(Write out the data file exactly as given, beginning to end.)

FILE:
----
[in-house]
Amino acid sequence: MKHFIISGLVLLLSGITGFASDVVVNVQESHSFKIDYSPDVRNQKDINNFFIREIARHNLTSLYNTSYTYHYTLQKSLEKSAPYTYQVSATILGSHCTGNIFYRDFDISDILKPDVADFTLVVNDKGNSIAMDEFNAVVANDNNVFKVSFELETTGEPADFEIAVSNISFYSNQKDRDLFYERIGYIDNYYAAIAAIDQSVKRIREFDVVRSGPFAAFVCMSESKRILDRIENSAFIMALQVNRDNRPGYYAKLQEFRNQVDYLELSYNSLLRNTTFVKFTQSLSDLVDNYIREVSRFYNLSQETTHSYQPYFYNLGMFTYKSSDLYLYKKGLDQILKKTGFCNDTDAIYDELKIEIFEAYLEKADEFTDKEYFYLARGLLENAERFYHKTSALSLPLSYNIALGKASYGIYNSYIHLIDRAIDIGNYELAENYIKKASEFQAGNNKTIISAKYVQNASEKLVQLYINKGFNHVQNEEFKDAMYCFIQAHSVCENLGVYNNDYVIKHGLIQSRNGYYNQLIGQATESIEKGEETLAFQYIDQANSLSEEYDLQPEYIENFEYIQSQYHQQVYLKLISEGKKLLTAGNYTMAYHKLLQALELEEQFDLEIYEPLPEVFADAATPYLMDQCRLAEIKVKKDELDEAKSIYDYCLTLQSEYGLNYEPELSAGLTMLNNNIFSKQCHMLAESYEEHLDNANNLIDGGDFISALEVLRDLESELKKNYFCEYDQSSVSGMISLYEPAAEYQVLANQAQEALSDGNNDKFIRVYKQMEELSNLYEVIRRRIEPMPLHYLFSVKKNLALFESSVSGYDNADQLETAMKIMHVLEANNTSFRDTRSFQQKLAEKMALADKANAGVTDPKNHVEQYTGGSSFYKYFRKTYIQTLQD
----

[in-house]
Amino acid sequence: MKHFIISGLVLLLSGITGFASDVVVNVQESHSFKIDYSPDVRNQKDINNFFIREIARHNLTSLYNTSYTYHYTLQKSLEKSAPYTYQVSATILGSHCTGNIFYRDFDISDILKPDVADFTLVVNDKGNSIAMDEFNAVVANDNNVFKVSFELETTGEPADFEIAVSNISFYSNQKDRDLFYERIGYIDNYYAAIAAIDQSVKRIREFDVVRSGPFAAFVCMSESKRILDRIENSAFIMALQVNRDNRPGYYAKLQEFRNQVDYLELSYNSLLRNTTFVKFTQSLSDLVDNYIREVSRFYNLSQETTHSYQPYFYNLGMFTYKSSDLYLYKKGLDQILKKTGFCNDTDAIYDELKIEIFEAYLEKADEFTDKEYFYLARGLLENAERFYHKTSALSLPLSYNIALGKASYGIYNSYIHLIDRAIDIGNYELAENYIKKASEFQAGNNKTIISAKYVQNASEKLVQLYINKGFNHVQNEEFKDAMYCFIQAHSVCENLGVYNNDYVIKHGLIQSRNGYYNQLIGQATESIEKGEETLAFQYIDQANSLSEEYDLQPEYIENFEYIQSQYHQQVYLKLISEGKKLLTAGNYTMAYHKLLQALELEEQFDLEIYEPLPEVFADAATPYLMDQCRLAEIKVKKDELDEAKSIYDYCLTLQSEYGLNYEPELSAGLTMLNNNIFSKQCHMLAESYEEHLDNANNLIDGGDFISALEVLRDLESELKKNYFCEYDQSSVSGMISLYEPAAEYQVLANQAQEALSDGNNDKFIRVYKQMEELSNLYEVIRRRIEPMPLHYLFSVKKNLALFESSVSGYDNADQLETAMKIMHVLEANNTSFRDTRSFQQKLAEKMALADKANAGVTDPKNHVEQYTGGSSFYKYFRKTYIQTLQD